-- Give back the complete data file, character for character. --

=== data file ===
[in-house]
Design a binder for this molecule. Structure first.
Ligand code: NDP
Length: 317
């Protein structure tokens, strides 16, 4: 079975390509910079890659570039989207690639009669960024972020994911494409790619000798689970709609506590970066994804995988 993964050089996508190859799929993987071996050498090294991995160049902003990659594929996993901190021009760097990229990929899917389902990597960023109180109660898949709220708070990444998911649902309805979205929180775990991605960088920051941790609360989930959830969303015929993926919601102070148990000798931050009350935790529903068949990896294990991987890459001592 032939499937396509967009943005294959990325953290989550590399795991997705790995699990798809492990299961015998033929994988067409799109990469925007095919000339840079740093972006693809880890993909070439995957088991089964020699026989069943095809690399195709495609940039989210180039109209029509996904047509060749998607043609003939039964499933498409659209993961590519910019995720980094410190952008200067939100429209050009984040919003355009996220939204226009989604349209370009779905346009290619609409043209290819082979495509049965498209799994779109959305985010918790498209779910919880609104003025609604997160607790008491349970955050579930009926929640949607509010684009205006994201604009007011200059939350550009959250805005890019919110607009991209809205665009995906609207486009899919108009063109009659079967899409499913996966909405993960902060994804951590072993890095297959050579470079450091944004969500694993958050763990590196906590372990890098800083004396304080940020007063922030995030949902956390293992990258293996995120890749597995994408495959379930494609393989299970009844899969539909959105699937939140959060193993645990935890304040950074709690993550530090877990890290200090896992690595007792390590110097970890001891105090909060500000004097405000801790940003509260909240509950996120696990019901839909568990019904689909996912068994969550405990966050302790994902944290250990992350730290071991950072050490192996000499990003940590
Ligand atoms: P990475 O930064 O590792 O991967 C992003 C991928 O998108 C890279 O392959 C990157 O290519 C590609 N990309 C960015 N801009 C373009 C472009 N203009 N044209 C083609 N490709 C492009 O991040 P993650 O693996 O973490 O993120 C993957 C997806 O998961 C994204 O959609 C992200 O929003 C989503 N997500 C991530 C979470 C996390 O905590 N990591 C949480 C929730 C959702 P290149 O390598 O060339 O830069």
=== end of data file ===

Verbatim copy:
[in-house]
Design a binder for this molecule. Structure first.
Ligand code: NDP
Length: 317
């Protein structure tokens, strides 16, 4: 079975390509910079890659570039989207690639009669960024972020994911494409790619000798689970709609506590970066994804995988 993964050089996508190859799929993987071996050498090294991995160049902003990659594929996993901190021009760097990229990929899917389902990597960023109180109660898949709220708070990444998911649902309805979205929180775990991605960088920051941790609360989930959830969303015929993926919601102070148990000798931050009350935790529903068949990896294990991987890459001592 032939499937396509967009943005294959990325953290989550590399795991997705790995699990798809492990299961015998033929994988067409799109990469925007095919000339840079740093972006693809880890993909070439995957088991089964020699026989069943095809690399195709495609940039989210180039109209029509996904047509060749998607043609003939039964499933498409659209993961590519910019995720980094410190952008200067939100429209050009984040919003355009996220939204226009989604349209370009779905346009290619609409043209290819082979495509049965498209799994779109959305985010918790498209779910919880609104003025609604997160607790008491349970955050579930009926929640949607509010684009205006994201604009007011200059939350550009959250805005890019919110607009991209809205665009995906609207486009899919108009063109009659079967899409499913996966909405993960902060994804951590072993890095297959050579470079450091944004969500694993958050763990590196906590372990890098800083004396304080940020007063922030995030949902956390293992990258293996995120890749597995994408495959379930494609393989299970009844899969539909959105699937939140959060193993645990935890304040950074709690993550530090877990890290200090896992690595007792390590110097970890001891105090909060500000004097405000801790940003509260909240509950996120696990019901839909568990019904689909996912068994969550405990966050302790994902944290250990992350730290071991950072050490192996000499990003940590
Ligand atoms: P990475 O930064 O590792 O991967 C992003 C991928 O998108 C890279 O392959 C990157 O290519 C590609 N990309 C960015 N801009 C373009 C472009 N203009 N044209 C083609 N490709 C492009 O991040 P993650 O693996 O973490 O993120 C993957 C997806 O998961 C994204 O959609 C992200 O929003 C989503 N997500 C991530 C979470 C996390 O905590 N990591 C949480 C929730 C959702 P290149 O390598 O060339 O830069």